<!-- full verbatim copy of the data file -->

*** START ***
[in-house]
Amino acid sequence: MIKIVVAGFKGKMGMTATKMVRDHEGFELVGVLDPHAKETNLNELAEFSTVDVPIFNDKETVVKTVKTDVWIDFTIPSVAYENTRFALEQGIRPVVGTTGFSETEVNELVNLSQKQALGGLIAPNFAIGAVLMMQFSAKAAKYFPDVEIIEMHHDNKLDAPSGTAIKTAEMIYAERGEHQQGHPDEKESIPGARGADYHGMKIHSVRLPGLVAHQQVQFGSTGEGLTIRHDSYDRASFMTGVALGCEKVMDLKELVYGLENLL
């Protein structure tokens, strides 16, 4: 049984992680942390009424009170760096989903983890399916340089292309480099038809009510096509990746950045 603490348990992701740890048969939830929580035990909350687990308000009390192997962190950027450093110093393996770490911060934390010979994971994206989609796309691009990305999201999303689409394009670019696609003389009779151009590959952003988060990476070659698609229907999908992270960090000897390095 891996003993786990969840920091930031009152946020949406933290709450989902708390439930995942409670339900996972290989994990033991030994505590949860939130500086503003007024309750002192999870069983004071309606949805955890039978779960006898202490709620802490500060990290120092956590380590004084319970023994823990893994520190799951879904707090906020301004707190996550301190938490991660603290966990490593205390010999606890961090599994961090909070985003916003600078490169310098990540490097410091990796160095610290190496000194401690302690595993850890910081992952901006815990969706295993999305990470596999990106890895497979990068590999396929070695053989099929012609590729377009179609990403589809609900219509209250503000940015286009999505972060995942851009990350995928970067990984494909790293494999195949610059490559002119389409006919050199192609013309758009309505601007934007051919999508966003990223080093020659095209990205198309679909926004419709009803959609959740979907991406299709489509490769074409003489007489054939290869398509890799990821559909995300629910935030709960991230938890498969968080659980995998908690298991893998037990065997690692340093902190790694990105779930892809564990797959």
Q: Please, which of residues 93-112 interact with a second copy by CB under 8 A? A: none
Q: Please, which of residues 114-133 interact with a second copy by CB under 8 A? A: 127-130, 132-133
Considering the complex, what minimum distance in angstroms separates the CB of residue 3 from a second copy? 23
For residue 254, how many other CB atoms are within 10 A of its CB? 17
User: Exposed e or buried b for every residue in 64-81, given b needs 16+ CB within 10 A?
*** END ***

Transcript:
[in-house]
Amino acid sequence: MIKIVVAGFKGKMGMTATKMVRDHEGFELVGVLDPHAKETNLNELAEFSTVDVPIFNDKETVVKTVKTDVWIDFTIPSVAYENTRFALEQGIRPVVGTTGFSETEVNELVNLSQKQALGGLIAPNFAIGAVLMMQFSAKAAKYFPDVEIIEMHHDNKLDAPSGTAIKTAEMIYAERGEHQQGHPDEKESIPGARGADYHGMKIHSVRLPGLVAHQQVQFGSTGEGLTIRHDSYDRASFMTGVALGCEKVMDLKELVYGLENLL
């Protein structure tokens, strides 16, 4: 049984992680942390009424009170760096989903983890399916340089292309480099038809009510096509990746950045 603490348990992701740890048969939830929580035990909350687990308000009390192997962190950027450093110093393996770490911060934390010979994971994206989609796309691009990305999201999303689409394009670019696609003389009779151009590959952003988060990476070659698609229907999908992270960090000897390095 891996003993786990969840920091930031009152946020949406933290709450989902708390439930995942409670339900996972290989994990033991030994505590949860939130500086503003007024309750002192999870069983004071309606949805955890039978779960006898202490709620802490500060990290120092956590380590004084319970023994823990893994520190799951879904707090906020301004707190996550301190938490991660603290966990490593205390010999606890961090599994961090909070985003916003600078490169310098990540490097410091990796160095610290190496000194401690302690595993850890910081992952901006815990969706295993999305990470596999990106890895497979990068590999396929070695053989099929012609590729377009179609990403589809609900219509209250503000940015286009999505972060995942851009990350995928970067990984494909790293494999195949610059490559002119389409006919050199192609013309758009309505601007934007051919999508966003990223080093020659095209990205198309679909926004419709009803959609959740979907991406299709489509490769074409003489007489054939290869398509890799990821559909995300629910935030709960991230938890498969968080659980995998908690298991893998037990065997690692340093902190790694990105779930892809564990797959």
Q: Please, which of residues 93-112 interact with a second copy by CB under 8 A? A: none
Q: Please, which of residues 114-133 interact with a second copy by CB under 8 A? A: 127-130, 132-133
Considering the complex, what minimum distance in angstroms separates the CB of residue 3 from a second copy? 23
For residue 254, how many other CB atoms are within 10 A of its CB? 17
User: Exposed e or buried b for every residue in 64-81, given b needs 16+ CB within 10 A?